Via Ugo Cei I found this reading list:
http://www.joelonsoftware.com/articles/FogCreekMBACurriculum.html, some of which looks to be interesting, but I’m not convinced that it’s a selection where each book is a 9 or a 10. Books like the Mythical Man Month stand the test of time, and some of the books there are good ones by that measure, others look less convincing, at least judging by their contents (too focused on the 90ies, the bubble, a particular company), or some of the reviews on Amazon. Perhaps those aren’t always worthwhile, but the real winners don’t seem to have much flack thrown at them. I’d enjoy hearing why Joel et al. recommend them.
I’ve read these:
in addition to
Microeconomics (6th Edition) as a textbook on Economics.
What are your recommendations?
All things considered, though, I have a hunch that it would be better to be out trying to do rather than reading books about doing…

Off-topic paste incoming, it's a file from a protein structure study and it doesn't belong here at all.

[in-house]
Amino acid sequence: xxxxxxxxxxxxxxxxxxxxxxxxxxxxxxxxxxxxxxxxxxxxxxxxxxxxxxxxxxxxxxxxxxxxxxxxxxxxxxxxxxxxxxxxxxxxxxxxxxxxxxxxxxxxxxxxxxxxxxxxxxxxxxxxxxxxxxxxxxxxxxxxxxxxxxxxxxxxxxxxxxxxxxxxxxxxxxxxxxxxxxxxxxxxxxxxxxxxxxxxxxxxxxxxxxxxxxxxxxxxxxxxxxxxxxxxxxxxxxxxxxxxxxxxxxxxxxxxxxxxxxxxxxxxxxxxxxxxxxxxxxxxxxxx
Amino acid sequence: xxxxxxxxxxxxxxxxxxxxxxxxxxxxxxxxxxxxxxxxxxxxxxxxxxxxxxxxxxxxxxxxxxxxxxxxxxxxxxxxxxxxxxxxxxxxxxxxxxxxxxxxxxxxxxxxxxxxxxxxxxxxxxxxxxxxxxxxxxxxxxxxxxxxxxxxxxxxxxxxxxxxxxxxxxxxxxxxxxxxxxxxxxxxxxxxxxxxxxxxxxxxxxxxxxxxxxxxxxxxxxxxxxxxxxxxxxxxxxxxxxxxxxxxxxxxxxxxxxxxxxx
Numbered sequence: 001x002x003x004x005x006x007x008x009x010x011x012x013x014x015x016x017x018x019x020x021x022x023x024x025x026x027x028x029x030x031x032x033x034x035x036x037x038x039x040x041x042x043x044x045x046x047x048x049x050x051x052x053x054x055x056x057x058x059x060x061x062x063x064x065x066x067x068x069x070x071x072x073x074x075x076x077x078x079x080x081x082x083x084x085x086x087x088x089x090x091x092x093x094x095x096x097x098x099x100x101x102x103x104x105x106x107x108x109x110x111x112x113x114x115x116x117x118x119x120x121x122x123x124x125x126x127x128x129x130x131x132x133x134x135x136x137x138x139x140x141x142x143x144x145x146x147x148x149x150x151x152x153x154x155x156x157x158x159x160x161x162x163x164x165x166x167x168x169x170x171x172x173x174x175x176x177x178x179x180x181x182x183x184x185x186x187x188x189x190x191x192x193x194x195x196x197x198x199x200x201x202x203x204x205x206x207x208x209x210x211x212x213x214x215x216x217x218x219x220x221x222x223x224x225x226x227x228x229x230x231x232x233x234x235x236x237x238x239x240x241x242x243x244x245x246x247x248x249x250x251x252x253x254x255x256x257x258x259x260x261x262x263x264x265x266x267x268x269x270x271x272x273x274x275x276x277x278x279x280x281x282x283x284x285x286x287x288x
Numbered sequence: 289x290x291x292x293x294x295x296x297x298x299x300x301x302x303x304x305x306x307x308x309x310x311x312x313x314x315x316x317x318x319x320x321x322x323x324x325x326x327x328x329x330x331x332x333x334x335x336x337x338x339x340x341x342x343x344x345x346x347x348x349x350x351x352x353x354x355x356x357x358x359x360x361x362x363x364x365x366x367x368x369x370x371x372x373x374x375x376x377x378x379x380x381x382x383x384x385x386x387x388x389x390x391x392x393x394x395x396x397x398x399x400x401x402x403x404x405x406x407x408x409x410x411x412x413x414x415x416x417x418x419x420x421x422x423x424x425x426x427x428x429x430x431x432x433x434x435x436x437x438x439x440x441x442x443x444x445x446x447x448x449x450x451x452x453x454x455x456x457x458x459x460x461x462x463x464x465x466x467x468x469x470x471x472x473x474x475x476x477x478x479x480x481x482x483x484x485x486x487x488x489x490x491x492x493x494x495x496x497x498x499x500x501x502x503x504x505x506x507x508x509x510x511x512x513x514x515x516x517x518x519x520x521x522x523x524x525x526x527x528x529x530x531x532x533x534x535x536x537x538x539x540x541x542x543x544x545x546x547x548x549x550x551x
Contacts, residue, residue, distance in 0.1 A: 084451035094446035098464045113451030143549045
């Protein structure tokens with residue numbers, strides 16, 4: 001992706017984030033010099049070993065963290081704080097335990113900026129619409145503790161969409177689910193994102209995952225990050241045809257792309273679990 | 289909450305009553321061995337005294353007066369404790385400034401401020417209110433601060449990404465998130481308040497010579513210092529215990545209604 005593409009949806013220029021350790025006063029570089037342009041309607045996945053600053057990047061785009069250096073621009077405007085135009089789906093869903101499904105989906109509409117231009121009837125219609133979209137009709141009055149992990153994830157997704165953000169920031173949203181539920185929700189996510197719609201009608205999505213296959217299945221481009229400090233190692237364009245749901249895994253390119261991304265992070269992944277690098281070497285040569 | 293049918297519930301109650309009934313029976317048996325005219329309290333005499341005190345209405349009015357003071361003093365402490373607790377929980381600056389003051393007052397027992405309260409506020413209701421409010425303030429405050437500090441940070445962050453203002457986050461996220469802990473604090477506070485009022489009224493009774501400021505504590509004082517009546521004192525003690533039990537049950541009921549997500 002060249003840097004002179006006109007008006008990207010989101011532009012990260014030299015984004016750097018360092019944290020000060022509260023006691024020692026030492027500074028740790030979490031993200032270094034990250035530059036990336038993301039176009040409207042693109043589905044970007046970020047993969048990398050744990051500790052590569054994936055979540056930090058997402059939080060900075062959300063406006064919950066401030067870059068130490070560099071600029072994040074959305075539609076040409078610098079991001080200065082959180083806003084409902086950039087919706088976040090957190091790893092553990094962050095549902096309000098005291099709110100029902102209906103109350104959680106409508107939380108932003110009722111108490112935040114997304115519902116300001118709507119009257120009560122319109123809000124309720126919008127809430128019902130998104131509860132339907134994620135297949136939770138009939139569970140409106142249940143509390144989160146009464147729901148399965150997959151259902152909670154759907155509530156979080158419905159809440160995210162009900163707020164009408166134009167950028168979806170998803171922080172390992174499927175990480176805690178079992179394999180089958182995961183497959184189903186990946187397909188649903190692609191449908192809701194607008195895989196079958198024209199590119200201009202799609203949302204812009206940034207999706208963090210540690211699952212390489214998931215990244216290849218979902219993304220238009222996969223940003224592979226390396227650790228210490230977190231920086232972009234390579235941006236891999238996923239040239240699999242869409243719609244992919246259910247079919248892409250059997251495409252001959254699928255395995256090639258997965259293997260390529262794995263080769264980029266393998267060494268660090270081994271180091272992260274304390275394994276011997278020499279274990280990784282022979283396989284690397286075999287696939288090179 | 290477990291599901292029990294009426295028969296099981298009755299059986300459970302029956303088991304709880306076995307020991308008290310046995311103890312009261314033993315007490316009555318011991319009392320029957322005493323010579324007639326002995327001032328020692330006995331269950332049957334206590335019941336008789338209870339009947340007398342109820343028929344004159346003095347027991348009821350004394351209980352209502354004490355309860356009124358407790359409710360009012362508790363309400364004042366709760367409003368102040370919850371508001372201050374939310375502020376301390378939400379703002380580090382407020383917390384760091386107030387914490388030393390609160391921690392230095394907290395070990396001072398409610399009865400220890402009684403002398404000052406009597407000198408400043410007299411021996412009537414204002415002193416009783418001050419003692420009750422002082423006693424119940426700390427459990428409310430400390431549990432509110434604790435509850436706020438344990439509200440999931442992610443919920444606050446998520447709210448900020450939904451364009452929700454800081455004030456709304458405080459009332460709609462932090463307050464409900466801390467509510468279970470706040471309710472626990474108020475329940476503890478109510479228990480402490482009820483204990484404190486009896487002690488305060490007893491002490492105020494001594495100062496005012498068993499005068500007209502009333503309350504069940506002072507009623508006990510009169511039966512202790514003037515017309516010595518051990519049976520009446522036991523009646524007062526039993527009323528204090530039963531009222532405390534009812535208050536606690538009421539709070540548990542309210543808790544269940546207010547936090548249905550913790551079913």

I found this to be entertaining:
especially after having had a rough day myself with Mysql. Basically, I need to take one big gob of data, and mix it in with some other data. I’m ok with SQL – not great – but know exactly how to accomplish what I need to do with SQL (PostgreSQL, in particular). Unfortunately, the Mysql version that I’m dealing with is old, out of date, and is some kind of ugly inbred cousing of SQL. No subqueries, no unions, intersections… blocked every way I turn! Ok, you have joins, but it’s not exactly what I wanted. I got a query that looked good, launched it and… poof, an error! Well, ok, I’ll try again. NO YOU WON’T, because the guy who put this house of cards together used MyISAM tables and so the big insert failed halfway through and didn’t ROLLBACK, like real databases do. So I had to find a way to reverse it myself, and then try again.
I hope I can sheperd this operation along long enough to migrate to PostgreSQL without having a nervous breakdown first.